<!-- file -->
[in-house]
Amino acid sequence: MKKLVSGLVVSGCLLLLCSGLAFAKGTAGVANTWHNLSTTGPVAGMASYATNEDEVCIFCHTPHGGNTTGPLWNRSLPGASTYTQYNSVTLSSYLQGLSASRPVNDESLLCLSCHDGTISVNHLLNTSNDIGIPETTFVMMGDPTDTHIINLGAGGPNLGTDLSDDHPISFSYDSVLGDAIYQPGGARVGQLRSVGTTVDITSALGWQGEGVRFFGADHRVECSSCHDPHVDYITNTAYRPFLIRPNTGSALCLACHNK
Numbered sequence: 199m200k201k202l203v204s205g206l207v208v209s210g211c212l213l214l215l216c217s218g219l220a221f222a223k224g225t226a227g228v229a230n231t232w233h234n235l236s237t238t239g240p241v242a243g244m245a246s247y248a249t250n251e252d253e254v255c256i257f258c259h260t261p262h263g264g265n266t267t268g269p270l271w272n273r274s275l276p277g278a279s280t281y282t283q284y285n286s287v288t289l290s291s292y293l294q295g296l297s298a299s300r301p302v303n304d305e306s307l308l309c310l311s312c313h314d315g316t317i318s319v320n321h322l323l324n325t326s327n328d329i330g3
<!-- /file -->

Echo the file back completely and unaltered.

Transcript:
[in-house]
Amino acid sequence: MKKLVSGLVVSGCLLLLCSGLAFAKGTAGVANTWHNLSTTGPVAGMASYATNEDEVCIFCHTPHGGNTTGPLWNRSLPGASTYTQYNSVTLSSYLQGLSASRPVNDESLLCLSCHDGTISVNHLLNTSNDIGIPETTFVMMGDPTDTHIINLGAGGPNLGTDLSDDHPISFSYDSVLGDAIYQPGGARVGQLRSVGTTVDITSALGWQGEGVRFFGADHRVECSSCHDPHVDYITNTAYRPFLIRPNTGSALCLACHNK
Numbered sequence: 199m200k201k202l203v204s205g206l207v208v209s210g211c212l213l214l215l216c217s218g219l220a221f222a223k224g225t226a227g228v229a230n231t232w233h234n235l236s237t238t239g240p241v242a243g244m245a246s247y248a249t250n251e252d253e254v255c256i257f258c259h260t261p262h263g264g265n266t267t268g269p270l271w272n273r274s275l276p277g278a279s280t281y282t283q284y285n286s287v288t289l290s291s292y293l294q295g296l297s298a299s300r301p302v303n304d305e306s307l308l309c310l311s312c313h314d315g316t317i318s319v320n321h322l323l324n325t326s327n328d329i330g3